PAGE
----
says it's 'not super-interested' in replacing human curators with algorithms

Curation, as explained in a recent blog post, "is the act of selecting games to highlight and present to customers." Different platforms do it differently: Steam, for instance, relies heavily on algorithms to handle the mass of games it offers, with sometimes mixed results. But, content director Spencer Hayes explained, is "not super-interested" in taking that approach.   

"An over-reliance on algorithms typically narrows down recommendations to only the most 'profitable' games and has historically worked to the detriment of marginalized groups. We don’t want that," Hayes wrote. "Reliance on algorithms also allows bad actors to game the system. We also don’t want that. So we do things the old fashioned way: most of the content on our front page at any given time is hand-picked by someone on staff." content director Spencer Hayes:

"An over-reliance on algorithms typically narrows down recommendations to only the most 'profitable' games and has historically worked to the detriment of marginalized groups."

Hayes acknowledged that it's a major undertaking, and that there are no hard-and-fast rules that govern the process. The goal is simply to "highlight creative works that resonate with us and (hopefully) you, whatever that means." The site turns the spotlight on three games per week with brief writeups for each on its blog, and also maintains a "featured games" section on the site's front page.   

"We spend more time than we imagine anyone else would so we condense some of what we’ve found onto the top of our front page," Hayes explained. "This is one of the fastest moving areas of the site and I think the most approachable way of beaming our recommendations right into your computer." 

Despite the hands-on approach, does rely on automated processes to cover some bases. It's not Steam, after all, but there's still a lot going on. "We’ve got 100,000 projects on our site now and while we look at a lot of games every day, we can’t look at all of them. That’s where our robots come in. There is a portion of our front page under the Recommended For You header that is just games that our robots think you’ll like based on what you’ve downloaded and played in the past," Hayes wrote.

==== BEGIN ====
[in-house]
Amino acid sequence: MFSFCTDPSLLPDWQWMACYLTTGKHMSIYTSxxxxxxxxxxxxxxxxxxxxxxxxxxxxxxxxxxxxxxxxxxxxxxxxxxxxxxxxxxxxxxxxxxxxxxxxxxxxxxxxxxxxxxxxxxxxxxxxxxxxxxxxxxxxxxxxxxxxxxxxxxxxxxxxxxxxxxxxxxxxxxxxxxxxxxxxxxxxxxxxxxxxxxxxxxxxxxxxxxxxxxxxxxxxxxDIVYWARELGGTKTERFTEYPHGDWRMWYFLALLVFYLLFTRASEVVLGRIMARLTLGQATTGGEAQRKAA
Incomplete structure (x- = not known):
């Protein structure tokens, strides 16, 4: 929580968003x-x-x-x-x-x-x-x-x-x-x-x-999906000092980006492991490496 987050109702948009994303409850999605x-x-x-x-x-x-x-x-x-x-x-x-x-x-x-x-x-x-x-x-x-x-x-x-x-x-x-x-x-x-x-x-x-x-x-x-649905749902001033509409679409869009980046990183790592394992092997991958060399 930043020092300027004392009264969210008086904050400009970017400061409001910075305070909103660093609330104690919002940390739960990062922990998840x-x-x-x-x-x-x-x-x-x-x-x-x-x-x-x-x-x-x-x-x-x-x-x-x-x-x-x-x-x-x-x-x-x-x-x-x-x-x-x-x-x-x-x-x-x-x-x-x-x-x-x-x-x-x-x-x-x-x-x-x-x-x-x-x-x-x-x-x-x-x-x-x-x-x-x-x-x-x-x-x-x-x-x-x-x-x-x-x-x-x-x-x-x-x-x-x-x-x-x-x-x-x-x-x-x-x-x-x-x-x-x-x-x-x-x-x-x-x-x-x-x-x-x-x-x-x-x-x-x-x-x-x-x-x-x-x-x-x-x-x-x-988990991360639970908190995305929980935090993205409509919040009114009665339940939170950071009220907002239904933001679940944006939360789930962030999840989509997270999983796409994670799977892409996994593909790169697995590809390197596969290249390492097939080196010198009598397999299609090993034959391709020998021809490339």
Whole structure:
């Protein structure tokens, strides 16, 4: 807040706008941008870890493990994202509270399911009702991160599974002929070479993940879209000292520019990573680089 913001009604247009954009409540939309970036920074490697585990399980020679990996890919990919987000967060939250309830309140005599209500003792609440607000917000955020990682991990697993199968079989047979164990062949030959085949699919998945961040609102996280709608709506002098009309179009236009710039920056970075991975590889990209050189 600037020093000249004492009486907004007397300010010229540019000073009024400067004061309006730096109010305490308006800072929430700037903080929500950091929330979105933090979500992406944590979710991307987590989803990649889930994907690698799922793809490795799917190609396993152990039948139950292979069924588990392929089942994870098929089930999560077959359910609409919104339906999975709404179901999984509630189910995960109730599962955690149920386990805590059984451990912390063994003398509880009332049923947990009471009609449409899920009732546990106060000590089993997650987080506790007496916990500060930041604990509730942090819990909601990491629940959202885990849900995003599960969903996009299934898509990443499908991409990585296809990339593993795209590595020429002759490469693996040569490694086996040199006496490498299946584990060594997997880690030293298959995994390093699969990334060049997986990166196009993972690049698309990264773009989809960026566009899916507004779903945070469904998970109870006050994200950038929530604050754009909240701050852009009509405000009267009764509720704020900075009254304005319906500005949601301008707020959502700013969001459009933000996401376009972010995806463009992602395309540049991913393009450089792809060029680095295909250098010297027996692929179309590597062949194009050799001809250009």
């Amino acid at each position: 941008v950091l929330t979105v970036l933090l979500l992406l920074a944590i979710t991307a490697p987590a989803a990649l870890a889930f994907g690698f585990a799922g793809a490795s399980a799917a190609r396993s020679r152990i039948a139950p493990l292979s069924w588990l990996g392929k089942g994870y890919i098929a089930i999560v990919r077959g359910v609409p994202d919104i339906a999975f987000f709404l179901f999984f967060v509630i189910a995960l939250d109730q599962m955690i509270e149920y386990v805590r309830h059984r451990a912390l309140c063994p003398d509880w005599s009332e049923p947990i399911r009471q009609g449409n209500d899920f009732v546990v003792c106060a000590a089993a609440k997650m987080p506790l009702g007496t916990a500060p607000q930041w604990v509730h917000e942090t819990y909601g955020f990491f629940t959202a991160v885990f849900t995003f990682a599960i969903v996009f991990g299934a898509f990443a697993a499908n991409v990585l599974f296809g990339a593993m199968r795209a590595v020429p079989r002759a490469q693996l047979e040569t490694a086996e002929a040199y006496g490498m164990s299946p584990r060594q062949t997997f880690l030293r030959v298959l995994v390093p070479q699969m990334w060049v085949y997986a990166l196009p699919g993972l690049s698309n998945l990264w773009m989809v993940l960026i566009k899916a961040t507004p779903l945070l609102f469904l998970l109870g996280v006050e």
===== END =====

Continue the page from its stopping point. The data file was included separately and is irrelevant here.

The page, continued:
"We’re really pleased with the amount of curation that we do on the site, but we know we can keep improving. Curation is a bit like swimming upstream and while no method is perfect we hope you find some games you’ve never seen before through our efforts."

"No method is perfect" is certainly true: Valve overhauled Steam's curation process last year and continues to tweak the system to keep its recommendations relevant, and GOG had a recent stumble with Opus Magnum, an exceptionally good puzzle game that was somehow rejected, although that decision was later overturned. Hands-on curation across the board obviously isn't possible for digital storefronts of any size, but it's equally clear a little personal attention is never a bad thing.   

The most recent " Recommends" roundup includes Chuchel (which we also recommend), a game about "a young queer woman exploring their gender and struggles through the lens of late 90s technology and fandom culture" called Secret Little Haven, and H.V.N.T.E.R.S., a four-player co-op roguelike. 

Andy Chalk

Andy has been gaming on PCs from the very beginning, starting as a youngster with text adventures and primitive action games on a cassette-based TRS80. From there he graduated to the glory days of Sierra Online adventures and Microprose sims, ran a local BBS, learned how to build PCs, and developed a longstanding love of RPGs, immersive sims, and shooters. He began writing videogame news in 2007 for The Escapist and somehow managed to avoid getting fired until 2014, when he joined the storied ranks of PC Gamer. He covers all aspects of the industry, from new game announcements and patch notes to legal disputes, Twitch beefs, esports, and Henry Cavill. Lots of Henry Cavill.